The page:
Reading at 7:30 p.m. (book table at 7 p.m.)
Reception and book signing following the reading
Free and open to the public
What is so rare as a day in June?
Friday June 10th
Book signing after the reading
Note: Roberta Hatcher’s book cover of French Lessons is shown in postcard form above- Watch for information about upcoming Book Release Party Finishing Line Press
Timons Esaias 2015 Louis Award winner On Friday, June 24, and Saturday, June 25, from 7:00pm to 10:00pm, get your autographed copy of the book directly from Timons at In Your Write Mind, Seton Hill University, Greensburg, PA. or click his name to buy from Amazon link. Published by Concrete Wolf
Poets Michael Wurster mentor, poet, teacher, Pittsburgh Poetry Exchange founder, (front right)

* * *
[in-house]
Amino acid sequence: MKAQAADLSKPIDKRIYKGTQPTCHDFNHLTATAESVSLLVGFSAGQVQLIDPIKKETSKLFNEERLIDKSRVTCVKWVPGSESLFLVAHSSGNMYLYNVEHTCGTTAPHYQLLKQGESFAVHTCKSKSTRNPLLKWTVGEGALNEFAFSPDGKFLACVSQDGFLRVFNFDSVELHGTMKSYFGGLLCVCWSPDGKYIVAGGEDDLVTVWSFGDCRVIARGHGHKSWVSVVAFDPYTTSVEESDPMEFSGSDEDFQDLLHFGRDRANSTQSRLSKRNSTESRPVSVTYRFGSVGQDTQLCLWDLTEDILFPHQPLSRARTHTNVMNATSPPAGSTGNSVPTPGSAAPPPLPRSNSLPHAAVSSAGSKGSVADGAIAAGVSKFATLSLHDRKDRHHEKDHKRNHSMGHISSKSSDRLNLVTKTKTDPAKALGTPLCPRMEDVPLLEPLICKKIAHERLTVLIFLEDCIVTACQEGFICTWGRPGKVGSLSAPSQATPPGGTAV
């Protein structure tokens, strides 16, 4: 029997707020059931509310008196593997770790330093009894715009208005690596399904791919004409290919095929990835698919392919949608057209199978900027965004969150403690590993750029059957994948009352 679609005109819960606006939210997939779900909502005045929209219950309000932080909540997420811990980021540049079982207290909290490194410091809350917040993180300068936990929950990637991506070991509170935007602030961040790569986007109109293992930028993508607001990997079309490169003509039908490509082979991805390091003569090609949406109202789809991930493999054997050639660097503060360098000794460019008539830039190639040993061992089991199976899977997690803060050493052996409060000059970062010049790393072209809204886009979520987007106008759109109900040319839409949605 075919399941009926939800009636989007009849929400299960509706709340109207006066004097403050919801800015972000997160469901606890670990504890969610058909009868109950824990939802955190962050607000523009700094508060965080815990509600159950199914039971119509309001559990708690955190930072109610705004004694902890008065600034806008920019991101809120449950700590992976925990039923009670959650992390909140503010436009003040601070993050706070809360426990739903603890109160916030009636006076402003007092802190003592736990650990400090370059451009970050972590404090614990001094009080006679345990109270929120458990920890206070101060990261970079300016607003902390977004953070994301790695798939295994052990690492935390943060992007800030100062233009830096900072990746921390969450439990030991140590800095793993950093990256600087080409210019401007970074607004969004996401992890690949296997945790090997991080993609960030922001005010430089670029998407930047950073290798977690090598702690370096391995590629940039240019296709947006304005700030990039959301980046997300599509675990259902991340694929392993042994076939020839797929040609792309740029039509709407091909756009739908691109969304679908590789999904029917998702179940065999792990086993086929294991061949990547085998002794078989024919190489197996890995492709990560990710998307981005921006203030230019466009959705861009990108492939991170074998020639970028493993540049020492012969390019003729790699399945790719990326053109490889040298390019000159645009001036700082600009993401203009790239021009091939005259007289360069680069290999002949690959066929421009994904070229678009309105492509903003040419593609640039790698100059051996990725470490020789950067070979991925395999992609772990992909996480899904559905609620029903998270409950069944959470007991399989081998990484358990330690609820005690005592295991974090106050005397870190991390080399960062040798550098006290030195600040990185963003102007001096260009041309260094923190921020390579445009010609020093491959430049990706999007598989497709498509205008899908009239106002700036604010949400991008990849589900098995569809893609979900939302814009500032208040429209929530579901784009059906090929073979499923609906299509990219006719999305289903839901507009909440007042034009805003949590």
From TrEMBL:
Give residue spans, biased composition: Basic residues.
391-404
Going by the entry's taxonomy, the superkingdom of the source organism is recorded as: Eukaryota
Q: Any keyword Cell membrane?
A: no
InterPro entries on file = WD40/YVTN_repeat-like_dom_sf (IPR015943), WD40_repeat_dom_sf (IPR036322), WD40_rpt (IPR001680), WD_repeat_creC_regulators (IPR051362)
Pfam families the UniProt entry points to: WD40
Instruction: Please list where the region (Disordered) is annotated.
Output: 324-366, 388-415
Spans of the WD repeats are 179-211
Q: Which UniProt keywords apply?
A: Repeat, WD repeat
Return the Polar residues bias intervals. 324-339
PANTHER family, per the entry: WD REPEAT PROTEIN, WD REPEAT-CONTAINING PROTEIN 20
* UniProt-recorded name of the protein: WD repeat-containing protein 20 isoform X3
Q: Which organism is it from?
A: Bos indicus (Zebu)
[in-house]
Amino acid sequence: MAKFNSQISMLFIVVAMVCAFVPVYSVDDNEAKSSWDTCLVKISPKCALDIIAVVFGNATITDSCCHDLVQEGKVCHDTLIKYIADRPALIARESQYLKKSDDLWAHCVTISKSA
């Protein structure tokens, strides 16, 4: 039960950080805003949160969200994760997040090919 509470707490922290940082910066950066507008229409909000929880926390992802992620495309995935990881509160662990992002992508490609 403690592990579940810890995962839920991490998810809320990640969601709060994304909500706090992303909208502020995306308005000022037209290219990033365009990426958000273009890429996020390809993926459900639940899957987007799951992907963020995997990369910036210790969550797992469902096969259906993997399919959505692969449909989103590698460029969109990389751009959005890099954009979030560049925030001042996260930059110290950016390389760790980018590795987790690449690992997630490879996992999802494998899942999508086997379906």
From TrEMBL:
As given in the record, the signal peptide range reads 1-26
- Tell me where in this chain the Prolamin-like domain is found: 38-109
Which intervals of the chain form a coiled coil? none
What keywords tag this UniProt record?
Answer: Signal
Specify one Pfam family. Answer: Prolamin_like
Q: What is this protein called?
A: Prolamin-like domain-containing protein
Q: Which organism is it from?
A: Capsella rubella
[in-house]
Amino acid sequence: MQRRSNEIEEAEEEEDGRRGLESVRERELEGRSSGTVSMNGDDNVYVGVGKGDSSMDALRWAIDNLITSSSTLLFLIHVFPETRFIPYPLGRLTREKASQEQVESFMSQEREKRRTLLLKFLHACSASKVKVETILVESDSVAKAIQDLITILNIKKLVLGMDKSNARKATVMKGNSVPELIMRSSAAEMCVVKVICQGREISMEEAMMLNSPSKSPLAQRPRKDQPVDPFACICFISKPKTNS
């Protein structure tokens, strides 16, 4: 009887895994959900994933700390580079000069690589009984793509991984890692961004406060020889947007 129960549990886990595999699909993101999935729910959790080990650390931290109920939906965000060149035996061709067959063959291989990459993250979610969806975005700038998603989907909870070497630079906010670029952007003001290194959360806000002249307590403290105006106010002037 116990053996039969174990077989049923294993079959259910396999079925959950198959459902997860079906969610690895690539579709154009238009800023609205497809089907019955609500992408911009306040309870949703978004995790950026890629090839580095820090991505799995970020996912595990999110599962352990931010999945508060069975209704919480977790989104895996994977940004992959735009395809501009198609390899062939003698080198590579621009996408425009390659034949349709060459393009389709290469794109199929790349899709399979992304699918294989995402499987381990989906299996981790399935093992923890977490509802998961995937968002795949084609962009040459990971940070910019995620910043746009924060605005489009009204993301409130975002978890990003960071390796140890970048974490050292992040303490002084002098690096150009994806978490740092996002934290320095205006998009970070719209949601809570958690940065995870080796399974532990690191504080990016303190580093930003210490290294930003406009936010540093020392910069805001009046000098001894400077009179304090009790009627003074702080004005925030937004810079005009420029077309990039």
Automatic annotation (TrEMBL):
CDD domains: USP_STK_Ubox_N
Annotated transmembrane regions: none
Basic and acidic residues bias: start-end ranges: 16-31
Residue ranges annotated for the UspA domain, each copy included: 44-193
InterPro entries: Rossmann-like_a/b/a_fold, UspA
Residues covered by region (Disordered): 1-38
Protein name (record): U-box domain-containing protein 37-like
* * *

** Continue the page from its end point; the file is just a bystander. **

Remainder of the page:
Michael Wurster and host Pastor Kathy Hamilton-Vargo
A Handknit Sock There’s a math to it. The cast on. Count the multiples of four. Last year it was hats and cowls. This year, socks. I want to try the fish lips kiss heel. It’s a simple thing. How a sock is knit. You start with yarn. Needles as slim as toothpicks. Terms like toe and gusset and cuff. My friend says, "it’s too much work." There’s a rhythm in the repetition. The making. Clockwise circles. Some throw, some pick. Row after row after row. In time you get length and warmth. There’s the calm you long for, around and around and around. Turn heel for a path to Zen. You think of those you love. The grandmother who taught you. The wet squeezed out, pairs hang to dry. Later fold their softness, admire the colors, ignore imperfections. Find comfort, hidden in shoes. My squishy hand knit socks.